The application of the distillation’s technique to the wine for the production of grappa dates back to the work of the alchemists on the 12th century.
In Italy, in 1000 years, the distillation of alcohol may have been carried out reliably by the School of Salerno and during the Middle Ages it only had medicinal uses.
It seems that only in the 16th century grappa became even a liquor to drink.
Around the 1300-1400 years the introduction of water as a coolant in the distilling equipment made it possible to produce a substantially larger amount of distilled wine and to distill pomace.
Around 1600 AD, the Jesuits studied and codified the techniques used to produce brandy or grappa, and their methods were used until 1813, when took place some improvements of the stripping column. changes , inserting inside it small plates with bells and down-tubes. In this way the distillate produced was richer in alcohol, thus shortening the entire process.
In Italy it was mainly spread and drunk by peasant in the regions of the north-west side of the country, in particular Veneto, Trentino Alto Adige and Piedmont.
Grappa was produce by distilling by distilling fermented grape's skins, after they have been pressed for the production of must used to make wine.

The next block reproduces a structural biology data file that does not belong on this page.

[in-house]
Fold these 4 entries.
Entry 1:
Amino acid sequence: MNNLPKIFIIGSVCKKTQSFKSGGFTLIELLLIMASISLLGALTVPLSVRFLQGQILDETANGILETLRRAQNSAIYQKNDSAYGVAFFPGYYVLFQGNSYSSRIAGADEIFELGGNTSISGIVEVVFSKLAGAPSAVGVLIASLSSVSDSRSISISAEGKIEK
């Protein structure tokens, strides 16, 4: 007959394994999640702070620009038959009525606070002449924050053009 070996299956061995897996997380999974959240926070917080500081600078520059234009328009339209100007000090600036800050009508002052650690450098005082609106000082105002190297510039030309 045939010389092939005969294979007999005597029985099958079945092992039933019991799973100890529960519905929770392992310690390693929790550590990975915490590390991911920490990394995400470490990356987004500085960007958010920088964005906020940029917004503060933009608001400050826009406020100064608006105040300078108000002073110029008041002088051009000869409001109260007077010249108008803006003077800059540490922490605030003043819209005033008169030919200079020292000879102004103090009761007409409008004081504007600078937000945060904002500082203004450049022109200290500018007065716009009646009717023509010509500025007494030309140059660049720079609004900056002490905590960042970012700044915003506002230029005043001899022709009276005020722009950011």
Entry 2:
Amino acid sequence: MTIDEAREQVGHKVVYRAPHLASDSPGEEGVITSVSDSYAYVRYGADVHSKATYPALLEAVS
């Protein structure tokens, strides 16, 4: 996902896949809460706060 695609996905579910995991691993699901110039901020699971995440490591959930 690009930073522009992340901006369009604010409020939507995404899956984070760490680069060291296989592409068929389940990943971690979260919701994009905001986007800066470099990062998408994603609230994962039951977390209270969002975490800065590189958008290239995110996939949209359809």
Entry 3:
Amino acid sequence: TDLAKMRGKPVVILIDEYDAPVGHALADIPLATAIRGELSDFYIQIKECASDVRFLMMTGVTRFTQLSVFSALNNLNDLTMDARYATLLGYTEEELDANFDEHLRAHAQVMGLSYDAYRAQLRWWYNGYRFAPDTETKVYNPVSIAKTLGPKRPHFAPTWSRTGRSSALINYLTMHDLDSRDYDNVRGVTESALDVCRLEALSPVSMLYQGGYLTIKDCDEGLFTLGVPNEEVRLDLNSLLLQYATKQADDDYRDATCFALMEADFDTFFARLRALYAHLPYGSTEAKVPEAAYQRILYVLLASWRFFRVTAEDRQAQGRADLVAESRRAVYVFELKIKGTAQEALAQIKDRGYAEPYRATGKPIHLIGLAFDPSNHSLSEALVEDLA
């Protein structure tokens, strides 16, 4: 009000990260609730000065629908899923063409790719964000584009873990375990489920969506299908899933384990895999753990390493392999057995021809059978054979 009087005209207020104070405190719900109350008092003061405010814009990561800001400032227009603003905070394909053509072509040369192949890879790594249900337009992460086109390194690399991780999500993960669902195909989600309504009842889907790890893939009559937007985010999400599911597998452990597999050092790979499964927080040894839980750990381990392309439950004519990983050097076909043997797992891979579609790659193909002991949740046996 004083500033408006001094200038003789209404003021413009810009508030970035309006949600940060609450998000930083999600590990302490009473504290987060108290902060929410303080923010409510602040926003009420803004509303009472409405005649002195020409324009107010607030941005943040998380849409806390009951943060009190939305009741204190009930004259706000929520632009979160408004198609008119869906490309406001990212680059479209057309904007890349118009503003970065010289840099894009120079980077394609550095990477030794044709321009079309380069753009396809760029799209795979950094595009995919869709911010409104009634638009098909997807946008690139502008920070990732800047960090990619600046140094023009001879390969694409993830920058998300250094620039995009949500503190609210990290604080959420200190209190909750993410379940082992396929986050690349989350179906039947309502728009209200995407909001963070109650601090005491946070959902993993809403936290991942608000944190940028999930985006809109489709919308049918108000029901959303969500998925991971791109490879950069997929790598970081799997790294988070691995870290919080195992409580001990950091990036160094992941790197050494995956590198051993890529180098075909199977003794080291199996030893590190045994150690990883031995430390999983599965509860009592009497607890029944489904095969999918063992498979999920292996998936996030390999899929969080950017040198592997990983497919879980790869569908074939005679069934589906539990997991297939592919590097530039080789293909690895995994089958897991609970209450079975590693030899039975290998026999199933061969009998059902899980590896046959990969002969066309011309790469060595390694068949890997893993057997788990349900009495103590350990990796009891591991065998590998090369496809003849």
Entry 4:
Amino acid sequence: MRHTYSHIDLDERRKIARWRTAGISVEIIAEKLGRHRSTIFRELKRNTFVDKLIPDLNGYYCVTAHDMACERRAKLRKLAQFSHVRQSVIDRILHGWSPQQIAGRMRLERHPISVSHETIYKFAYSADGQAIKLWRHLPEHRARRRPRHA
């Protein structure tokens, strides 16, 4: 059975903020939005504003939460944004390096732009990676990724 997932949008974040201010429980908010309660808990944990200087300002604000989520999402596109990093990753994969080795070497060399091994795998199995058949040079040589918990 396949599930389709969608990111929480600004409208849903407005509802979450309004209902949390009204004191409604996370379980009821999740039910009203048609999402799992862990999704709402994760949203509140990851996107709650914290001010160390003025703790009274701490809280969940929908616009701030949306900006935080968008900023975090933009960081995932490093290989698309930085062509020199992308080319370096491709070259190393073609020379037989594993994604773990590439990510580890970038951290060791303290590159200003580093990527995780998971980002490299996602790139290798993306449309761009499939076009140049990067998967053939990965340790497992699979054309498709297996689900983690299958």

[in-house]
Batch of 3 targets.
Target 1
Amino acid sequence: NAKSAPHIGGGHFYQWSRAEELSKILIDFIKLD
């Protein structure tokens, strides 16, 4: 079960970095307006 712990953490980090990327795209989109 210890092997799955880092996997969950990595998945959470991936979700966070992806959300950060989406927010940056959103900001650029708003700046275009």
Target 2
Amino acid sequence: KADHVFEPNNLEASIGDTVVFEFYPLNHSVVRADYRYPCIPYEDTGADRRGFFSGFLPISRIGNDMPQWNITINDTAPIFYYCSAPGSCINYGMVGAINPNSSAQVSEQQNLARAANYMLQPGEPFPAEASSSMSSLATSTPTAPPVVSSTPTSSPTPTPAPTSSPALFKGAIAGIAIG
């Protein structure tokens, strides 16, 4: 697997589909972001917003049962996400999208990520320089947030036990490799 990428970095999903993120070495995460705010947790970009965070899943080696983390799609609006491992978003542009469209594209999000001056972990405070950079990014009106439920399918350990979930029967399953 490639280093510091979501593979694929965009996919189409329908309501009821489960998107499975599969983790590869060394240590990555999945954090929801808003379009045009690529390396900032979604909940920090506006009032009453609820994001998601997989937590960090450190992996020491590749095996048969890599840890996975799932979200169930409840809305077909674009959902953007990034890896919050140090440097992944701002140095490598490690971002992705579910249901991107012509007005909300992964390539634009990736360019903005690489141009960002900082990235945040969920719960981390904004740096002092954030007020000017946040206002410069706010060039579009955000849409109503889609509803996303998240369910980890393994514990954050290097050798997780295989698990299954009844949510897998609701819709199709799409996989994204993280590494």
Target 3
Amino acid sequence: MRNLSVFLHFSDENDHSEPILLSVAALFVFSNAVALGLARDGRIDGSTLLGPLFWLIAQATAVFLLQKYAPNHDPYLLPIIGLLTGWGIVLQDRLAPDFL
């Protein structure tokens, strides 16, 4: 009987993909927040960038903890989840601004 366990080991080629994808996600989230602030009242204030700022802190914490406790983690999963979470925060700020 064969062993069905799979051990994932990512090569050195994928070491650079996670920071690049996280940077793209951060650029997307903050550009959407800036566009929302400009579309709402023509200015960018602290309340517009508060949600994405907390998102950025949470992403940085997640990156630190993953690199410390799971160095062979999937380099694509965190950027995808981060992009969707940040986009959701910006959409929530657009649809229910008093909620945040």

In recent times, grappa renewed interest among any social class and it is considered a distillate of great value.
In august 2011 was signed a decrees approving the technical sheets for Grappa that execute the Regulation (EC) no. 110/2008, regarding the definition, designation, presentation, labelling and protection of the geographic indications of alcoholic beverages approved on 15 January 2008. The new European Regulation establishes clear definitions for all alcoholic beverages and aims to help producers market their products, offering greater clarity for consumers. It came into force on 20 May 2008, defining clearly and once and for all the basic concept dearest to Italian distillers, namely, that Grappa is exclusively an Italian distillate.
Grappa comes from the distillation of grape's pomace after racking off. Grape’s pomace are the skins of grapes remaining after the grapes are pressed to make wine and they can be fermented or vergin.
Three features make the Grappa a product of absolute typicalness:
- it is produced from a solid raw material put directly in a alembic;
- it is a product of a specific geographic area. Some grappa can also boast the geographical name such as grappa of Barolo, Piedmont, Lombardy, Veneto, Trentino Alto Adige, Friuli. In addition, the distillate may also include the name of a wine DOCG, DOC or IGT when it comes from the production of that particular wine;
- it is the product of a technology perfected over the centuries: the distillation.